Welcome the Carrabelle History Museum

We opened in April of 2009, and since then, residents of the community have generously shared their pictures, genealogy, memories, household and work items to build our collection. Our first artifact was the medical bag of beloved midwife Tillie Miller, donated by Rita Brown Millender and John Brown. From then Carrabelle History Museum has grown to house thousands of items in its collections. Gratefully, we still receive wonderful local artifacts.

The museum is located in the Old Carrabelle City Hall, built by local mason Marvin Justiss in 1933 during the Depression as a work program to employ locals. The museum has exhibits rooms to display collections, a large entry hall for special displays, and a workroom/office for the volunteers to process the incoming artifacts. We have several displays that highlight Local Heroes; the Steamship Tarpon, which was key to building our community in the early 1900's; and Carrabelle's "First People", indigenous people who lived here thousands of years ago.


Dwarf Cypress Forest in Tate's Hell. Credit: Florida Forest Service

Since its opening on Saturday, March 16, the exhibit has interested audiences with its exploration of the legend of Tate’s Hell, shedding light on the misadventures and fate of Cebe Tate, and the intriguing origins behind the name of Tate's Hell State Forest. Visitors have been treated to a captivating array of wildlife and landscape photography captured within Tate’s Hell by esteemed photographers John Spohrer and Jon Johnson. Their stunning images vividly depict the unique beauty and mystique of this legendary locale.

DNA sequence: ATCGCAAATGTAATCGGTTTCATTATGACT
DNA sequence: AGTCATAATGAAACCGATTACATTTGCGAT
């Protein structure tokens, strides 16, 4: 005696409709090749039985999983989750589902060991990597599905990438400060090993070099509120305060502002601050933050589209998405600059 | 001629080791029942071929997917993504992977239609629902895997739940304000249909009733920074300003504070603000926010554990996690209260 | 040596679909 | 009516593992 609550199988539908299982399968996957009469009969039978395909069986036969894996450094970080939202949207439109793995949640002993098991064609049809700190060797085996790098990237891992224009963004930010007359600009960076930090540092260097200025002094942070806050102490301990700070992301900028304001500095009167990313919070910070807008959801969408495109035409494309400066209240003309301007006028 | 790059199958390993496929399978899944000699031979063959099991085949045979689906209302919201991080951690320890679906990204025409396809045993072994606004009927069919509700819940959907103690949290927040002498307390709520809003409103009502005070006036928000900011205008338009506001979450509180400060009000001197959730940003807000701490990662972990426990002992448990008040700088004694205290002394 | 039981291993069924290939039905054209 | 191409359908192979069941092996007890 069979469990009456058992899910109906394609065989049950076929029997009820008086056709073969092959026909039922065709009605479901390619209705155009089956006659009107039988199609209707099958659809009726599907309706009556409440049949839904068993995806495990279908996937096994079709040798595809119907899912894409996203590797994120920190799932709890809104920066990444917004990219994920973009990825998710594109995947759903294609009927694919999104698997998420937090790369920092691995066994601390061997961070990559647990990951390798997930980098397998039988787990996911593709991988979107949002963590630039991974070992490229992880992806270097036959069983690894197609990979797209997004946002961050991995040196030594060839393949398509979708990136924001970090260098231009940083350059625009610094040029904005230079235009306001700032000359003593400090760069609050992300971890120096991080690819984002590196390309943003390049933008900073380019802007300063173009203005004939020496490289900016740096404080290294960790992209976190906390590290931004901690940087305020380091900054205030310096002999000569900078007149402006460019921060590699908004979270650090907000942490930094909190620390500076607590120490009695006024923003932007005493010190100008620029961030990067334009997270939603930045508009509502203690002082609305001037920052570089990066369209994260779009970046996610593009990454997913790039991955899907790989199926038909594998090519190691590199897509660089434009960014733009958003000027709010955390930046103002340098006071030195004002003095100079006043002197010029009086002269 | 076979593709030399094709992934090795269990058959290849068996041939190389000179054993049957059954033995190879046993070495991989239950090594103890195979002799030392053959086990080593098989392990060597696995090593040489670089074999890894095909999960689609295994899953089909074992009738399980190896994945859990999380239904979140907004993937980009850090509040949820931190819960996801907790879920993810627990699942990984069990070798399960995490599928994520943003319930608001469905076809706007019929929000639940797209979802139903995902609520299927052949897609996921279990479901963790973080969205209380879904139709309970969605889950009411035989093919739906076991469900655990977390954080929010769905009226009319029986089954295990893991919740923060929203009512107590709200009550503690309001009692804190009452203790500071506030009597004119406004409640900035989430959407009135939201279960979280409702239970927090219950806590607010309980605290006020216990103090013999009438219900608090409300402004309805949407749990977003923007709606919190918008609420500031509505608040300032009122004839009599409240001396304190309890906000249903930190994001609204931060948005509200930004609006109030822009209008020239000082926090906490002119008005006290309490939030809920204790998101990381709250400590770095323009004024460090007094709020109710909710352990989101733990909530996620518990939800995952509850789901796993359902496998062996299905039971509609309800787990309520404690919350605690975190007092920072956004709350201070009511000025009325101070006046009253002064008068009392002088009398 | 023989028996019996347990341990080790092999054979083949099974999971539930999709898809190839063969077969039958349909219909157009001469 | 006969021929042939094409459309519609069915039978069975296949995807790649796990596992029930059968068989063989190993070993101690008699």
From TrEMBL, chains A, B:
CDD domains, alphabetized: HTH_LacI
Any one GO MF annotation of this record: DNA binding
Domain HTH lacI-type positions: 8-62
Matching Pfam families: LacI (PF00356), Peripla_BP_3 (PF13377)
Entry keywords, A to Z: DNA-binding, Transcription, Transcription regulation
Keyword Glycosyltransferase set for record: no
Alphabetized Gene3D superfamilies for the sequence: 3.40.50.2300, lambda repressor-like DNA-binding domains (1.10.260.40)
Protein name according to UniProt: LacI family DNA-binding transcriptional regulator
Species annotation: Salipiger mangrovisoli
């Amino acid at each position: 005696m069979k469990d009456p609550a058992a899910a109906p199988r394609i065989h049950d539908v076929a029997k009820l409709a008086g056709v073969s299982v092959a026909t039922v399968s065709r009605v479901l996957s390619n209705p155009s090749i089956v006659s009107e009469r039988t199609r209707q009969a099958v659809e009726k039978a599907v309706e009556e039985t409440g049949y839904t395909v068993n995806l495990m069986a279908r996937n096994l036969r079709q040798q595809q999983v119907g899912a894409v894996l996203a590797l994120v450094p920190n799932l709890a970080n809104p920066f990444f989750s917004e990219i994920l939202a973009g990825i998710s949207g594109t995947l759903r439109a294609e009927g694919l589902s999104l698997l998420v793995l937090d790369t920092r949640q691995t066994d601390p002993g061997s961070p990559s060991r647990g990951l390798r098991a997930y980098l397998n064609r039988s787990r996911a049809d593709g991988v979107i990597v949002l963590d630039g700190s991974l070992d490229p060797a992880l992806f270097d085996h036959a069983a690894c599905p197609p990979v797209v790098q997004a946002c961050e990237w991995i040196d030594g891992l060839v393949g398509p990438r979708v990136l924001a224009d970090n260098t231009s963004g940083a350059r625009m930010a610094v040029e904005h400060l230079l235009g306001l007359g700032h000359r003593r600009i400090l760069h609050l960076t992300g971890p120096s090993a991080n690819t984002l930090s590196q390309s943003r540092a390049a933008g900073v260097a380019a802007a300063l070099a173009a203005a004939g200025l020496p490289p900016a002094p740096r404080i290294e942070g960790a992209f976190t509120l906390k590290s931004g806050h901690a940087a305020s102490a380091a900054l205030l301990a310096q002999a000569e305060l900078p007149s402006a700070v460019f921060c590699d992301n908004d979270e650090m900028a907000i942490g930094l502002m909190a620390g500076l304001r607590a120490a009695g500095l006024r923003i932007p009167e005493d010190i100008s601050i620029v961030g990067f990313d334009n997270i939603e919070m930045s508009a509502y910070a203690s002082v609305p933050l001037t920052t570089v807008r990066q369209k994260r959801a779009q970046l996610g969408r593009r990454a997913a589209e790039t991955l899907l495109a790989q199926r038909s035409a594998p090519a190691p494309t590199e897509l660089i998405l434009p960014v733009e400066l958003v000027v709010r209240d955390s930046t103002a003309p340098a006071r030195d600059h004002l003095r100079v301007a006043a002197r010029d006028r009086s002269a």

Additionally, the exhibit showcases cultural treasures such as the iconic ballad, "The Ballad of Tate’s Hell" by Will McLean, performed by the talented Frank Lindamood. Also featured is the 1983 short film, “A Tale of Tate’s Hell”, produced by the FSU Department of Communications, offering an unique interpretation on the Tate’s Hell legend.

Sponsored by C-Quarters Marina and Shaun Donahoe Realty. Funding in part by the Franklin County Tourist Development Council.

"In the folk region, people are wedded to the land, and the land holds memories. The people themselves possess identity and ancestry, through continuous occupation of the same soil. Local events can flower into legend and ballad and proverb, and village ways can harden into custom."
---Richard M. Corson in American Folklore



ADDRESS: 106 SE Ave B, Carrabelle, FL 32322
PHONE: (850) 697-2141
EMAIL: carrabellehistorymuseum@gmail.com
Wednesday & Sunday: 12:00 PM - 5:00 PM
Thursday, Friday, Saturday: 10:00 AM - 5:00 PM

Visit us in the heart of downtown. The Museum is one block south of US 98. Turn south on Marine Street and left (east) at the first corner, 3rd building on your left.  CHM is within walking distance to the Carrabelle Visitors Center.



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Funded in part by Franklin County Tourist Development Council